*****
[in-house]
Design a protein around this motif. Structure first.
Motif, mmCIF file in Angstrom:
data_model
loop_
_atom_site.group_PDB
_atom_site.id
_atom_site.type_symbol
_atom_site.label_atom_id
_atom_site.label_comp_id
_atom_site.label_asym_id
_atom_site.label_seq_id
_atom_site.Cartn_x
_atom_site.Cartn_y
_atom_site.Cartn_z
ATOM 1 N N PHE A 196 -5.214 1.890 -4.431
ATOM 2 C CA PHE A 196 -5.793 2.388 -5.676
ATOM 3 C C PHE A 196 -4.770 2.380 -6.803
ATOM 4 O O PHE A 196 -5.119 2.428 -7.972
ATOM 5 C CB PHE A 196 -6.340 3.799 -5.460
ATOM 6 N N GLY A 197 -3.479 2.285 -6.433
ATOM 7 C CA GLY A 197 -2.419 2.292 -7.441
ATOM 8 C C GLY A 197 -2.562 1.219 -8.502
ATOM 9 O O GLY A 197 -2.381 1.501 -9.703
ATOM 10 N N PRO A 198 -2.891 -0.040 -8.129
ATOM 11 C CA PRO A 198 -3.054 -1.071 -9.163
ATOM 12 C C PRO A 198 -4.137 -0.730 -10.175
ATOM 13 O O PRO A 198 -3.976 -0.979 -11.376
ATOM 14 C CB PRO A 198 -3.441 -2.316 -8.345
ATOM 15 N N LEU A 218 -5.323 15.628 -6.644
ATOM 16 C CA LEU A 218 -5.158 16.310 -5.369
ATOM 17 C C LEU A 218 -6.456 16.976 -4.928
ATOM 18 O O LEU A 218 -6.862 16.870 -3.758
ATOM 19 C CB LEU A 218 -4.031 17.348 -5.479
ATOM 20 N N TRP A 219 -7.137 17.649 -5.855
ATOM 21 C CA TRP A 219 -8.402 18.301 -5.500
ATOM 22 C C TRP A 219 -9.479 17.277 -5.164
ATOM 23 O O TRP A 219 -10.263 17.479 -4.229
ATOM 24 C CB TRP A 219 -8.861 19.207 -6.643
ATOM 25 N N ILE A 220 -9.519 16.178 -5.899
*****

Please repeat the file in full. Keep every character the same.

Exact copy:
[in-house]
Design a protein around this motif. Structure first.
Motif, mmCIF file in Angstrom:
data_model
loop_
_atom_site.group_PDB
_atom_site.id
_atom_site.type_symbol
_atom_site.label_atom_id
_atom_site.label_comp_id
_atom_site.label_asym_id
_atom_site.label_seq_id
_atom_site.Cartn_x
_atom_site.Cartn_y
_atom_site.Cartn_z
ATOM 1 N N PHE A 196 -5.214 1.890 -4.431
ATOM 2 C CA PHE A 196 -5.793 2.388 -5.676
ATOM 3 C C PHE A 196 -4.770 2.380 -6.803
ATOM 4 O O PHE A 196 -5.119 2.428 -7.972
ATOM 5 C CB PHE A 196 -6.340 3.799 -5.460
ATOM 6 N N GLY A 197 -3.479 2.285 -6.433
ATOM 7 C CA GLY A 197 -2.419 2.292 -7.441
ATOM 8 C C GLY A 197 -2.562 1.219 -8.502
ATOM 9 O O GLY A 197 -2.381 1.501 -9.703
ATOM 10 N N PRO A 198 -2.891 -0.040 -8.129
ATOM 11 C CA PRO A 198 -3.054 -1.071 -9.163
ATOM 12 C C PRO A 198 -4.137 -0.730 -10.175
ATOM 13 O O PRO A 198 -3.976 -0.979 -11.376
ATOM 14 C CB PRO A 198 -3.441 -2.316 -8.345
ATOM 15 N N LEU A 218 -5.323 15.628 -6.644
ATOM 16 C CA LEU A 218 -5.158 16.310 -5.369
ATOM 17 C C LEU A 218 -6.456 16.976 -4.928
ATOM 18 O O LEU A 218 -6.862 16.870 -3.758
ATOM 19 C CB LEU A 218 -4.031 17.348 -5.479
ATOM 20 N N TRP A 219 -7.137 17.649 -5.855
ATOM 21 C CA TRP A 219 -8.402 18.301 -5.500
ATOM 22 C C TRP A 219 -9.479 17.277 -5.164
ATOM 23 O O TRP A 219 -10.263 17.479 -4.229
ATOM 24 C CB TRP A 219 -8.861 19.207 -6.643
ATOM 25 N N ILE A 220 -9.519 16.178 -5.899